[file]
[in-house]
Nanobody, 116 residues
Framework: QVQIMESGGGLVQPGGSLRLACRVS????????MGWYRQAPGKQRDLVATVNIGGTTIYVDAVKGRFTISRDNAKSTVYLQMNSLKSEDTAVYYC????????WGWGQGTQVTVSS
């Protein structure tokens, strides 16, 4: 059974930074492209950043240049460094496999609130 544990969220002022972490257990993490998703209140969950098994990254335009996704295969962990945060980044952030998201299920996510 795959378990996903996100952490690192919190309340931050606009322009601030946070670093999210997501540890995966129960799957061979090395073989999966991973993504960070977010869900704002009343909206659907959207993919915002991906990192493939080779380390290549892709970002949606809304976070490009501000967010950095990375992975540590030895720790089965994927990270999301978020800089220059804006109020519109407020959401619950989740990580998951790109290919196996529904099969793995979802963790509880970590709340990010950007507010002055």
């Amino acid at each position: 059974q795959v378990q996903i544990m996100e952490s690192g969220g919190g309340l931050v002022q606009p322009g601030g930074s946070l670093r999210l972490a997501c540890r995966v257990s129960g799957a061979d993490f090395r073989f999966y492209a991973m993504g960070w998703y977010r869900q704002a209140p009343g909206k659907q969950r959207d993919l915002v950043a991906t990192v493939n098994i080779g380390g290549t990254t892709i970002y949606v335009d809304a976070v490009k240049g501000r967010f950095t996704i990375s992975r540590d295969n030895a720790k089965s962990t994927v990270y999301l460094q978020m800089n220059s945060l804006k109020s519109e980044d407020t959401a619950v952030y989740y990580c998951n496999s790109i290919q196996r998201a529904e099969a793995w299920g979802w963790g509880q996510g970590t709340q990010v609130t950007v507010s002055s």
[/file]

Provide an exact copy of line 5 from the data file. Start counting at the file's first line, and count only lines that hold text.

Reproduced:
């Amino acid at each position: 059974q795959v378990q996903i544990m996100e952490s690192g969220g919190g309340l931050v002022q606009p322009g601030g930074s946070l670093r999210l972490a997501c540890r995966v257990s129960g799957a061979d993490f090395r073989f999966y492209a991973m993504g960070w998703y977010r869900q704002a209140p009343g909206k659907q969950r959207d993919l915002v950043a991906t990192v493939n098994i080779g380390g290549t990254t892709i970002y949606v335009d809304a976070v490009k240049g501000r967010f950095t996704i990375s992975r540590d295969n030895a720790k089965s962990t994927v990270y999301l460094q978020m800089n220059s945060l804006k109020s519109e980044d407020t959401a619950v952030y989740y990580c998951n496999s790109i290919q196996r998201a529904e099969a793995w299920g979802w963790g509880q996510g970590t709340q990010v609130t950007v507010s002055s």